It is a rare occasion that I give even a moment’s thought to the question “Is this adaptation even close to as good as the source material?” So it is during these rare occasions that I must put a spotlight on the adaptation in question. Few stories are able to reach these heights. Aside from the focus of this blog, the only adaptations I can think of in this category are Matilda, Harry Potters 1–3, and Spider-Man 2, the movie and video game. To fit this category, an adaptation should not simply be a word-for-word recreation of the text, nor should it stray too far. It is, to me, most important to capture the energy and feelings evoked from the work. This criteria is what makes The Lizzie Bennet Diaries one of the strongest adaptations ever.
The Lizzie Bennet Diaries is a retelling of the Jane Austen’s Pride and Prejudice, using vlogging as the platform. It aired from 2012–2013 on YouTube. Produced by Hank Green, this adaptation tackles both the love lives and careers of a streamlined three Bennet sisters—Lizzie, Jane, and Lydia—and Charlotte, Lizzie’s best friend. In modern day, Lizzie and Charlotte are media grad students entering their last year, while Jane works as an unpaid intern for a fashion line, and Lydia is finishing college. They all live at home, something very sympathetic to this blogger, and one of the small things that makes Pride and Prejudice an eternal story.
At its core, P&P is a story about family, love, life, and social advancement. These don’t change when you add in a series of jump cuts and character twitter accounts. The social media and vlogs started by other characters add to the story in ways that other adaptations simply can’t. As she comes to learn throughout the plot, Lizzie is a horribly stubborn character who can’t reliably narrate her way out of a social formal. Because this is a modern story, other characters are able to give their opinions and thoughts on the happenings surrounding them. We get a fuller perspective on what’s going on as characters like Gigi Darcy enter the stage much sooner through their social media presence than they actually appear on screen.
A great aspect of this story is the time given to individual moments. The original release had multiple episodes coming out every week for a year, ranging from three to ten minutes each. The result is the longest adaptation of Pride and Prejudice ever, in bite-sized pieces. It is easy to lose hours watching the series. “Just one more” only means another four minutes, but as you get lost in the Southern Californian lives of the Bennet sisters, you quickly forget what you were planning to do after you finish “just this episode.”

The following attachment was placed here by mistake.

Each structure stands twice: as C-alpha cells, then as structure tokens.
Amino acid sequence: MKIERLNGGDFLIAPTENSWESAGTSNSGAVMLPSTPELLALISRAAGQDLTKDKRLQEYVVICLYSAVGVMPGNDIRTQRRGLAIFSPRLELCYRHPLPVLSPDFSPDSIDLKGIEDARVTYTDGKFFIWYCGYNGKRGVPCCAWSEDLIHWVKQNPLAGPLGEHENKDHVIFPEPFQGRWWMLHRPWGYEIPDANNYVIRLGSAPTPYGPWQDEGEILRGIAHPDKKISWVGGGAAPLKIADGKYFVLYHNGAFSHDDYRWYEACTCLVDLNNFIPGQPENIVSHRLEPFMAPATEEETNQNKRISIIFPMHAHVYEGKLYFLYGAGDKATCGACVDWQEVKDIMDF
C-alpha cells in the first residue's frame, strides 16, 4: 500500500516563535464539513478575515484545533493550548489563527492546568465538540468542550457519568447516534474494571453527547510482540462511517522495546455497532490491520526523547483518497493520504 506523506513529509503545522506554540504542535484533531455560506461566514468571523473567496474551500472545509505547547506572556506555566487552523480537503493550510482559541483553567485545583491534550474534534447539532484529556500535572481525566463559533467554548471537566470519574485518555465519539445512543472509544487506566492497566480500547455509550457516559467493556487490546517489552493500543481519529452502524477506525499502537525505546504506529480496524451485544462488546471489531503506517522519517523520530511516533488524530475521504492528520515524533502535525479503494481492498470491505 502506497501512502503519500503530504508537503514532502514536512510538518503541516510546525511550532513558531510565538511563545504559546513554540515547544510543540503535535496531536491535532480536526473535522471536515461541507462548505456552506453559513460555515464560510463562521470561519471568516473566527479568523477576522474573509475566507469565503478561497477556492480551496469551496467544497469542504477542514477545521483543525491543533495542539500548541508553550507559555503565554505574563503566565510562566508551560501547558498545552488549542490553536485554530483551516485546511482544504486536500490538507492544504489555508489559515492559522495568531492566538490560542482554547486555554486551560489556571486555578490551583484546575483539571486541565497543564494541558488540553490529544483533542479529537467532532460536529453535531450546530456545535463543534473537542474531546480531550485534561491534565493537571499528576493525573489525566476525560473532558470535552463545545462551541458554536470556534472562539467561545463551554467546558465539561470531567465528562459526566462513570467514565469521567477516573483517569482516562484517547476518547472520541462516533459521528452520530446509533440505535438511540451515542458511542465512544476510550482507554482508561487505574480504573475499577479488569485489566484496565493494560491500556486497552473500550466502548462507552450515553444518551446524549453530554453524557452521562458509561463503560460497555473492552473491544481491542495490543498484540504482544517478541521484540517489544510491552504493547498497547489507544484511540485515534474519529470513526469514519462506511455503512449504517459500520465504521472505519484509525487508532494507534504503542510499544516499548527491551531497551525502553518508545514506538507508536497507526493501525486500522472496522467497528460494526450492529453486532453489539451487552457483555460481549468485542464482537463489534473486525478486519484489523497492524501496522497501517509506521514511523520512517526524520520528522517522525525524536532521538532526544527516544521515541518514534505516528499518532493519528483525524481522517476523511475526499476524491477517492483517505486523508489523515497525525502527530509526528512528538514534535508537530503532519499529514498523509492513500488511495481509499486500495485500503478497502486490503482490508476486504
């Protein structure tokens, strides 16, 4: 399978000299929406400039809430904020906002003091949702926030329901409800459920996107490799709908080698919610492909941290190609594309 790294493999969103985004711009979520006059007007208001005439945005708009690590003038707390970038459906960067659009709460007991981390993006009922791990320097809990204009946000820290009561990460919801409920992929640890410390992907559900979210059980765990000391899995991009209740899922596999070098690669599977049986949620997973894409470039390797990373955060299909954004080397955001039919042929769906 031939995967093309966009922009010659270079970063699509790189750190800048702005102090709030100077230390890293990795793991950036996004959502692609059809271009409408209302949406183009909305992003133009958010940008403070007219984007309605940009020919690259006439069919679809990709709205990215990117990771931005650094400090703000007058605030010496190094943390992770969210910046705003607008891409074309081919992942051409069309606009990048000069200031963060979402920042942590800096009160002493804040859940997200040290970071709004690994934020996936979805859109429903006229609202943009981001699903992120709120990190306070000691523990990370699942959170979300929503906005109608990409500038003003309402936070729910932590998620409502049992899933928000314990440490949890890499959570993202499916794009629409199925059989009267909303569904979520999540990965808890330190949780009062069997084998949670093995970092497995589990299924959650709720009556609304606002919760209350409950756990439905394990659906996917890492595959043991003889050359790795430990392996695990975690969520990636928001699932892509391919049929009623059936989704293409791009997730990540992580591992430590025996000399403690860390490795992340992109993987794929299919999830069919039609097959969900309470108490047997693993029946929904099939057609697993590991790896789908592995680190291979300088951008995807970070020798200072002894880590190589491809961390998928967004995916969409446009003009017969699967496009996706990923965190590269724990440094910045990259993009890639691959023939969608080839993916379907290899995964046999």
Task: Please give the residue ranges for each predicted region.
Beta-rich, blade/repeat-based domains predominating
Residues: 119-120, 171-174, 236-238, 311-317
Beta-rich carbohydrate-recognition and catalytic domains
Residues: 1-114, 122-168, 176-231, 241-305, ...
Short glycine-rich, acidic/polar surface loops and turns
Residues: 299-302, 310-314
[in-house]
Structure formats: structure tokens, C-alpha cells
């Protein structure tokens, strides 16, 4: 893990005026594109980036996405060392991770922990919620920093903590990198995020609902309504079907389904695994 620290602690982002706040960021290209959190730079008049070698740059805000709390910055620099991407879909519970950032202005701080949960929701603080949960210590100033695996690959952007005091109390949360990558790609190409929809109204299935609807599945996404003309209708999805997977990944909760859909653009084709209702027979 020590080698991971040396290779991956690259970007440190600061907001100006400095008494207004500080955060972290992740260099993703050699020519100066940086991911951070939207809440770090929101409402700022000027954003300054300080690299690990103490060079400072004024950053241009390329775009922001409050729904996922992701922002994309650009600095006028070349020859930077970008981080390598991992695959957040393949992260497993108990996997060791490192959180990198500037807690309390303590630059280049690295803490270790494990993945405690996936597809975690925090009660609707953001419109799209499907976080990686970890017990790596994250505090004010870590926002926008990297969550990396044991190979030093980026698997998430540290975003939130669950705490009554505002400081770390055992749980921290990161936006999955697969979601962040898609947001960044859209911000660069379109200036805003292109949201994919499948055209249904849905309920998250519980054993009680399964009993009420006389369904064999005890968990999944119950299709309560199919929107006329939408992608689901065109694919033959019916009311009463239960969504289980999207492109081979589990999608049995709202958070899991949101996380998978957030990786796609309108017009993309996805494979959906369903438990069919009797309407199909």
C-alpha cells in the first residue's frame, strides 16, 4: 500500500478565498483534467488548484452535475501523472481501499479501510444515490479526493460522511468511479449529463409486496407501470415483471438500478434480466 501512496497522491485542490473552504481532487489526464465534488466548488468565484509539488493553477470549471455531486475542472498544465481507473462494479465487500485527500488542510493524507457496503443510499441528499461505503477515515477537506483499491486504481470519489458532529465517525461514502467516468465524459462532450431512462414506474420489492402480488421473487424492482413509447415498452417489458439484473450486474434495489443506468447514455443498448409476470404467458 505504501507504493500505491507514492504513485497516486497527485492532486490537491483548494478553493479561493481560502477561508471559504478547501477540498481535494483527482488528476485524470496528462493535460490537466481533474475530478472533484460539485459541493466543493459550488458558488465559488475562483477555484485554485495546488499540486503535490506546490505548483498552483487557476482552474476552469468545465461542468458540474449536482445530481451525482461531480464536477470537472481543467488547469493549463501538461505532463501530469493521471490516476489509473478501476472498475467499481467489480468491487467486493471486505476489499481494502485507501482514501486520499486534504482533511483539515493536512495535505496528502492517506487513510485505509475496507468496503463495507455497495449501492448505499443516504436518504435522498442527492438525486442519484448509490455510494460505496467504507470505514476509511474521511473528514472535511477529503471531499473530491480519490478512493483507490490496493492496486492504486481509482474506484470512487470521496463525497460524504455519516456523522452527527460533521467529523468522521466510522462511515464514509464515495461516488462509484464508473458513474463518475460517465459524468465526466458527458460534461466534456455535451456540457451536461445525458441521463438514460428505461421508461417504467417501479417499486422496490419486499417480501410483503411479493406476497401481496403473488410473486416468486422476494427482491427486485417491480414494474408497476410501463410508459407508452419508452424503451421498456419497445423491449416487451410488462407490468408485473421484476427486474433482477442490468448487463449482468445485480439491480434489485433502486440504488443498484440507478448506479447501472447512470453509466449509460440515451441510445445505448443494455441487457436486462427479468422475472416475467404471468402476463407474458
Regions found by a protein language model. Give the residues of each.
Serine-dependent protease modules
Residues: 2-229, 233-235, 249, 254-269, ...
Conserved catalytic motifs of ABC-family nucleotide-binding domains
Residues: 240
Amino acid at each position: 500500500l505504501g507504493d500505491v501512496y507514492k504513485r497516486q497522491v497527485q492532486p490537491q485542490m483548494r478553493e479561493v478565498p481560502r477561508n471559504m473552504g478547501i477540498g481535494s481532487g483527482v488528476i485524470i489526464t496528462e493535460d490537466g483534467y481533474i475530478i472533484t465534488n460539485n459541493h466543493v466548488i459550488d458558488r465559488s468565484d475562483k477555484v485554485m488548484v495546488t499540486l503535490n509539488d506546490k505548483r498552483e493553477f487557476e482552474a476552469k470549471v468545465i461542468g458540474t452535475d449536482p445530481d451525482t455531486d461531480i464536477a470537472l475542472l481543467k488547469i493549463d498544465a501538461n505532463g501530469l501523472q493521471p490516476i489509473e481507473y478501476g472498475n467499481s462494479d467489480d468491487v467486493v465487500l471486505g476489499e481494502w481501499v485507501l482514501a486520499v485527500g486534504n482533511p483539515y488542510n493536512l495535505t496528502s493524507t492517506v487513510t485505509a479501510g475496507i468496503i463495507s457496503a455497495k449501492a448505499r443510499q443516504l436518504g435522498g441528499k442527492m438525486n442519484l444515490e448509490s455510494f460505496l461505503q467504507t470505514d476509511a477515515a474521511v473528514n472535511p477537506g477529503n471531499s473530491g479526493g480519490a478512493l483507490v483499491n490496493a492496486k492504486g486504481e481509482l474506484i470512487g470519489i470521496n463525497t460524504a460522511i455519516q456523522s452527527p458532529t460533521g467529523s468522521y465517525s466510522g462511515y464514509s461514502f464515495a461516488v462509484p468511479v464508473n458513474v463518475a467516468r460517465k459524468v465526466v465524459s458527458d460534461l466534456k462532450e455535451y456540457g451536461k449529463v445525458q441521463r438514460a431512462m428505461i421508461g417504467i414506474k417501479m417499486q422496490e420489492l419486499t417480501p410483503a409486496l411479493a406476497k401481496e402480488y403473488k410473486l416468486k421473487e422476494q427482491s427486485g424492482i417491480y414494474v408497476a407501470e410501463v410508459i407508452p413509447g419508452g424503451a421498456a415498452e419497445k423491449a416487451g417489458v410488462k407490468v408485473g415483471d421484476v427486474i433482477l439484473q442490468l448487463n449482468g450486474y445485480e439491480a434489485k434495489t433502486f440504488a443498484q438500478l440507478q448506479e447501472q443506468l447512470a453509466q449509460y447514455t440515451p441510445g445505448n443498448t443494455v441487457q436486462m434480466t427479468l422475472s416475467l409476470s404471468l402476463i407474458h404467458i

Although the love story of Lizzie and Darcy, dubbed “Dizzie” by fans (I kind of hate name-smashing as a ship name. Whatever happened to the good old days of MSR? And why can’t people be fine with a simple slash or x between names? I digress.), is still quite the presence, it’s not the dominating story line as it is in many takes on the tale, and in people’s minds. Darcy is, of course, still the incredibly prejudiced, but incredibly loving, socially-awkward, hot dude he’s always been meant to be, but more of the plot is dedicated to exploring the dynamics of four young women striving to advance their lives and careers. I cried more over the fights and arguments between the girls than I ever did over the heartbreak and love lives, and I’m sure most viewers did the same.
I implore you, dearest reader, whether you have loved Pride and Prejudice for a long time or have never even thought about picking up the book (as I had not before watching this web series), to watch The Lizzie Bennet Diaries. As for my original question, I don’t know that The LBD quite stacks up to the power of the original novel, but no adaptation truly can. It is a worthy adaptation all the same for being able to even start the conversation, and it is my favorite adaptation of Pride and Prejudice for the same reason. The Lizzie Bennet Diaries is patient and kind when the title character is less than so. It loves its characters and wants to tell everyone’s side of the story even when she does not, and especially when she cannot. You can start with episode one, following along with all the associated social media in chronological order by following this link (click it, click it please!).